Little Fat Lies



Australia’s drinking culture has been a feature of our proud democracy ever since our ancestors realised that the ship’s captain hadn’t just sailed around the Irish Sea for a couple of months. Alcohol has also been a consistent inspiration for those involved in another great aspect of democracy: advertising.

It seems ridiculous to think that anybody needs to be convinced to have a drink, yet the alcohol companies in their infinite wisdom have always done their best to ensure that a beer at the end of the day is more than just a beer. It’s part of the Australian experience. A hard-earned thirst needs a big cold beer, after all. Yet even with the ubiquitous ritualization of alcohol’s involvement, in any event, young people always find themselves at the centre of the conversation about whether our drinking culture has gone too far.

The numbers indicate what many millennials already suspect; alcohol use, along with smoking, is declining. Yet binge drinking culture is a hot-button issue in the media and they’ve found a new sacrifice: Little Fat Lamb. Produced by the delightfully named Fluid Beverages, Little Fat Lamb is a range of hard ciders and ginger beers which retail for a significantly lower price than their counterparts in the beer and pre-mixed sections. The key concerns with the product itself are straightforward: it’s sweet, cheap and big- all features of the ‘alcopops’ which have caused a number of crusades in the last decade. The branding of the product presents a picture of innocence and childishness. Its cute, cartoonish mascot makes it easy to forget that the 1.25-litre bottle contains about 8 standard drinks. But it’s neither the alcoholic content, nor the price of Little Fat Lamb that invites concern.


In 2015, Little Fat Lamb was the subject of an investigation by the Department of Racing, Gaming and Liquor which eventually lead to Fluid Beverages repackaging their product in order to satisfy industry regulations. However, recently they have found themselves in hot water again. This time the concern came from the Sydney Morning Herald who, on the 28th of April, published an opinion piece entitled ‘The Alcohol Industry’s Latest Dirty Tricks Campaign’. Author Sarah Jackson explained that the laws around advertising alcoholic beverages state two important things: any advertising for alcohol must not appear to promote binge drinking, and those advertisements must not appear to promote alcohol to minors. Jackson’s concern was with Little Fat Lamb’s Facebook page. Rather than being amoral take on the evils of alcohol, Jackson identifies a startling weakness in these laws: that social media allows alcohol companies to promote youth drinking and binge drinking under the guise of user-generated content.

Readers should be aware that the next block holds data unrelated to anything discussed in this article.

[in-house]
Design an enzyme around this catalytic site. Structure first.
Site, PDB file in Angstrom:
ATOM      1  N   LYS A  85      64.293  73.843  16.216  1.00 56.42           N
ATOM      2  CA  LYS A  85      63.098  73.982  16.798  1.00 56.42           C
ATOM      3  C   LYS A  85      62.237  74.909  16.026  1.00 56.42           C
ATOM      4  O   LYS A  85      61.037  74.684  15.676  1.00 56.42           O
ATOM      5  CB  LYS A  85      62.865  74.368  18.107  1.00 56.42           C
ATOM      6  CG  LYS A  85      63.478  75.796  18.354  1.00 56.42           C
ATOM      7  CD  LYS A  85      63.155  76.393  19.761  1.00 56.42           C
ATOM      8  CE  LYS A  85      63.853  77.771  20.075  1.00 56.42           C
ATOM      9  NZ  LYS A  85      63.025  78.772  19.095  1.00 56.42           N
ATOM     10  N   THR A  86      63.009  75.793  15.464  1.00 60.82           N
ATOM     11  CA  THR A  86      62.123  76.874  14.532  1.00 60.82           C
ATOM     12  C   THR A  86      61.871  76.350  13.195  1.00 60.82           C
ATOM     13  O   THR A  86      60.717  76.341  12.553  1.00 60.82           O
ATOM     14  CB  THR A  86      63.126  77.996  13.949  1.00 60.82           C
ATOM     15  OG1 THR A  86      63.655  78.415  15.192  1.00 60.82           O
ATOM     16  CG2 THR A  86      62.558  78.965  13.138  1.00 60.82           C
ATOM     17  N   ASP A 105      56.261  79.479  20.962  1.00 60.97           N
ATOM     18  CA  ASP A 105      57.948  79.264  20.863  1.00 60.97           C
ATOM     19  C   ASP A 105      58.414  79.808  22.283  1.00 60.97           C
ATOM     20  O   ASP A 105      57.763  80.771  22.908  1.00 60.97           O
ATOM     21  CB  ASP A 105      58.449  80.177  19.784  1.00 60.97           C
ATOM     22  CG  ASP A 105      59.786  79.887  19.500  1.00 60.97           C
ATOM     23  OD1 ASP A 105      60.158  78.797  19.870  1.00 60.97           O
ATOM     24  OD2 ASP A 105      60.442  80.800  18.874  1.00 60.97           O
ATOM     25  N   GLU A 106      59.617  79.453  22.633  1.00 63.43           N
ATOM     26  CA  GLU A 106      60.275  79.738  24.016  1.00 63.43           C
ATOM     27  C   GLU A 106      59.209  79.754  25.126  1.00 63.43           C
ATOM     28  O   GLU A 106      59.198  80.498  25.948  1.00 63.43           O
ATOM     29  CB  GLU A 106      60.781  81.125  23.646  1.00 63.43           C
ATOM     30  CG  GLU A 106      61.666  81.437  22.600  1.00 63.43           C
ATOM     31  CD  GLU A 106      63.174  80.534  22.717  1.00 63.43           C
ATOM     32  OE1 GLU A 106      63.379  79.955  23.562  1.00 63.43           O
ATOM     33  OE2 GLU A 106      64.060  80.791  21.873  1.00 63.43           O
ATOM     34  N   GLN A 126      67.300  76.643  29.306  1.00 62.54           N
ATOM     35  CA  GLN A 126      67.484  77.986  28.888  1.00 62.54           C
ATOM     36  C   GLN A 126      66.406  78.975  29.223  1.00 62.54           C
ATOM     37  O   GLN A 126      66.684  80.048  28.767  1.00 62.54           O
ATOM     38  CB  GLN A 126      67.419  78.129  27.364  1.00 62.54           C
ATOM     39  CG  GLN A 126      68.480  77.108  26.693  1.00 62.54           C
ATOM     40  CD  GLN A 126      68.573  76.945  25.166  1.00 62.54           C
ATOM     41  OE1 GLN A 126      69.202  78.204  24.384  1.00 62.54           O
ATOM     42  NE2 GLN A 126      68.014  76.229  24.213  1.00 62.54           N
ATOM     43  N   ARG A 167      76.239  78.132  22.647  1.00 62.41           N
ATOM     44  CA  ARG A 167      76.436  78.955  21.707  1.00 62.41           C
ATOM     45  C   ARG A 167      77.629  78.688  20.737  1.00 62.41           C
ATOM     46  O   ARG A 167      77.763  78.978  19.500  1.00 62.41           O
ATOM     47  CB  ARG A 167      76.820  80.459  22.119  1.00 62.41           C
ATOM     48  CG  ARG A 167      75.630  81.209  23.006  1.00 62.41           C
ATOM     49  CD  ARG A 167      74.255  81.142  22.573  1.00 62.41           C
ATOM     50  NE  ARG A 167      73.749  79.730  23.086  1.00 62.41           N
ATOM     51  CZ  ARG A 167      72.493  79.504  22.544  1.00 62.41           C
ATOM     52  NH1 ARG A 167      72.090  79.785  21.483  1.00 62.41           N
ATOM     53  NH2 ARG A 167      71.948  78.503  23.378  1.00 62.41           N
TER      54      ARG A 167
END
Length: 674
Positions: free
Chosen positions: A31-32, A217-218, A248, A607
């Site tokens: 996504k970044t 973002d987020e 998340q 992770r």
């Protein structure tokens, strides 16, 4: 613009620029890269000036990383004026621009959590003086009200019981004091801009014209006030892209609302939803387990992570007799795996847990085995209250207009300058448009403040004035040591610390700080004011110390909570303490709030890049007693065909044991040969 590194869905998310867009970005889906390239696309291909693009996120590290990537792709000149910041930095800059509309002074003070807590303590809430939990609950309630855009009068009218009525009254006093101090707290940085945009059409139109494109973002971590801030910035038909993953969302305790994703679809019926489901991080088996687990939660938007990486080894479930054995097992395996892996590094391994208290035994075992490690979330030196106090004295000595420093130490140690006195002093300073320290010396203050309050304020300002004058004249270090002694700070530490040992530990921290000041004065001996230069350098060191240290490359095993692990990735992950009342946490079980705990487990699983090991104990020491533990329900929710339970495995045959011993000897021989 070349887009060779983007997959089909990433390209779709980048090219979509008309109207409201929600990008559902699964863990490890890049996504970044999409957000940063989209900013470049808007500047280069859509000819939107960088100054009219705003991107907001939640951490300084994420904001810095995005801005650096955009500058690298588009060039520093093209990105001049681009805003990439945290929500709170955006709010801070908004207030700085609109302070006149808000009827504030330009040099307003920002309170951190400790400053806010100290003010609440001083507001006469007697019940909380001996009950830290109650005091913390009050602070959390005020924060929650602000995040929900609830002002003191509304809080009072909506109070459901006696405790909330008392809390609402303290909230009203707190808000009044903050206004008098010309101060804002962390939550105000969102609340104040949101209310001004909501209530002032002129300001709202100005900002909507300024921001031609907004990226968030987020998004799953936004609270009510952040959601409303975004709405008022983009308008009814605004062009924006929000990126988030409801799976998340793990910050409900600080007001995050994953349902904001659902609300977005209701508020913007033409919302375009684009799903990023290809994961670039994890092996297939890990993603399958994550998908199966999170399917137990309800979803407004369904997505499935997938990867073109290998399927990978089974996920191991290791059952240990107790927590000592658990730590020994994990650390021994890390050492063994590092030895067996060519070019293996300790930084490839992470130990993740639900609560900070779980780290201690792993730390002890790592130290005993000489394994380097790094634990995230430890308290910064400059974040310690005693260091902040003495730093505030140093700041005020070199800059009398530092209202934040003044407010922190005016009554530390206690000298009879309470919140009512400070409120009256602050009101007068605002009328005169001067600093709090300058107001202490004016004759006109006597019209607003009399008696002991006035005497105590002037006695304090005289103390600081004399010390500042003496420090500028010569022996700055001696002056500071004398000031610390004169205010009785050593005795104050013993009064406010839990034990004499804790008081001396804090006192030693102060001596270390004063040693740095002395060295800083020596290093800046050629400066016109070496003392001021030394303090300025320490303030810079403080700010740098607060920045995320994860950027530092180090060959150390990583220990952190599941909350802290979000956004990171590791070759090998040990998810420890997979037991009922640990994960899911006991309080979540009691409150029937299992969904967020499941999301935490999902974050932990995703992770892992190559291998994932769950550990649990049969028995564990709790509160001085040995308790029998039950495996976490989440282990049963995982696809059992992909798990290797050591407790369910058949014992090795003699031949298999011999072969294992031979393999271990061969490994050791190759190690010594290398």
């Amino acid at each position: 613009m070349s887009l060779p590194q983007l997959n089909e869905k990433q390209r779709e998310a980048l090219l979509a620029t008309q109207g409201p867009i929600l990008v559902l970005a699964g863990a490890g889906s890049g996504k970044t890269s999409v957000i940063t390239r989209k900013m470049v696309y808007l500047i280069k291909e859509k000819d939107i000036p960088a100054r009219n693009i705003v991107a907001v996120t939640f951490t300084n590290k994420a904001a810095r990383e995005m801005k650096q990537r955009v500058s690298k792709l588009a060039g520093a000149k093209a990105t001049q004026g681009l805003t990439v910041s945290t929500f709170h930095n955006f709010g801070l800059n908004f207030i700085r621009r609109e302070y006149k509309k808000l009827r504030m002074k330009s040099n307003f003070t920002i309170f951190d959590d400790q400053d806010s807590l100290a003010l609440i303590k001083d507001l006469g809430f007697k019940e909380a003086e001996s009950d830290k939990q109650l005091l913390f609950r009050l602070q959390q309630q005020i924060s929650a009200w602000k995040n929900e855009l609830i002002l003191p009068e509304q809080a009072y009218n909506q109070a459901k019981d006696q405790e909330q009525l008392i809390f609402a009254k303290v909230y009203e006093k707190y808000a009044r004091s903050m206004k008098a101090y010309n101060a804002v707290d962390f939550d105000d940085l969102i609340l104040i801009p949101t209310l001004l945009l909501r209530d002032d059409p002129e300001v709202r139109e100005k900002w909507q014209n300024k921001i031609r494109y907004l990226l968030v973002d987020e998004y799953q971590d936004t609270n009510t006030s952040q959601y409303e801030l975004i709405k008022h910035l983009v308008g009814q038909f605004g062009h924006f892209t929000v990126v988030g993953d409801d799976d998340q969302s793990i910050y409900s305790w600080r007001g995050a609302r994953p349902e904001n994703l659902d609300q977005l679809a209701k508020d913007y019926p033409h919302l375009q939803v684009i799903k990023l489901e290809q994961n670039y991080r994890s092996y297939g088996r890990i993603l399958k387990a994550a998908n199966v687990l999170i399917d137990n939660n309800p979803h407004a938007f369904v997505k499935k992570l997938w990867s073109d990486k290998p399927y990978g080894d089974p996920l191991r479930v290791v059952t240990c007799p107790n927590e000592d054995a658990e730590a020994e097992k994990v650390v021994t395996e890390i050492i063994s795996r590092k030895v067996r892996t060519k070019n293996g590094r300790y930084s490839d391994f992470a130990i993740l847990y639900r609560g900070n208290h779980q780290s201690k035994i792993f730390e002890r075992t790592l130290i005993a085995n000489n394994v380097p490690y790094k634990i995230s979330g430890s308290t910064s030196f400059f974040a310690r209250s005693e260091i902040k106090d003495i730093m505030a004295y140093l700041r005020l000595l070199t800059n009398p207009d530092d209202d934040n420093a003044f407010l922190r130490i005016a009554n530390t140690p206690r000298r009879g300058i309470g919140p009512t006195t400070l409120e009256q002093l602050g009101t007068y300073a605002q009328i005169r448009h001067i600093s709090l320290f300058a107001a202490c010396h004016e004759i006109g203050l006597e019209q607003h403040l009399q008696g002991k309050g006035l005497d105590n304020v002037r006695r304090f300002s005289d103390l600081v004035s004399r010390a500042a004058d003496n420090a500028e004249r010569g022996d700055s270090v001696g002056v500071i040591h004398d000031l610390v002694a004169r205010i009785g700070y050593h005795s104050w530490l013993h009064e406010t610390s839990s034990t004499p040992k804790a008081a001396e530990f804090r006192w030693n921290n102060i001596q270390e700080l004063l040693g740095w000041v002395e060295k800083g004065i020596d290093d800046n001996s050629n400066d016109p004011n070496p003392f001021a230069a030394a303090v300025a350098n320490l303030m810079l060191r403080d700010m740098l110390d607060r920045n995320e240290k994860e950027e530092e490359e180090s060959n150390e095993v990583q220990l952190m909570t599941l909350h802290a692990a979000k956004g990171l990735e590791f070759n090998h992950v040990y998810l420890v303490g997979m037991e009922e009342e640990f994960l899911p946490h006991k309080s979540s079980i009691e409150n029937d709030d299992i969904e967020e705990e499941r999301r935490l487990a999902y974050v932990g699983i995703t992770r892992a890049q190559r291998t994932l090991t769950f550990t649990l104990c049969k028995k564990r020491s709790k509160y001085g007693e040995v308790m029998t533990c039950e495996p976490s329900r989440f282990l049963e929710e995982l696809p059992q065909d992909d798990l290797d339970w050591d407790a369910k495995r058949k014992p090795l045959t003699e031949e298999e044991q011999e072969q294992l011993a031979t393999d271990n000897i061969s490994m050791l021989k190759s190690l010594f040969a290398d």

This is a company who’ve been reprimanded before, and now happily sit idle as young drinkers pepper their social media with stories about, and pictures of, significant alcohol abuse. Alcohol advertising laws exist for one reason: when trying to raise a child, parents simply cannot hope to contend with the tactics of advertising agencies. It is the responsibility of these companies to ensure that their product does not destroy or derail lives.

“There’s nothing new to learn about alcohol, or how it affects its consumers. There is, however, something new about the way social media allows companies to influence their consumers.”

We know that the average substance abuser will always find a way to get what they need, but that needn’t mean we should allow companies to prey upon the young and impressionable. The decades-long push against alcohol and tobacco has produced a sea of moral outrage based upon feels rather facts, and at first glance, Little Fat Lamb seems a victim of finger-waving and opinionated elitists. However, Sarah Jackson has identified a major blind spot in our advertising law. What need do we have of these laws if alcohol companies can cut out the middleman and reach their targets through the tacit promotion of binge and youth drinking through social media? Maybe Fluid Beverages isn’t to blame for its products being used this way, but maybe we need to look a little closer. and see that the choice to do nothing is still a choice.

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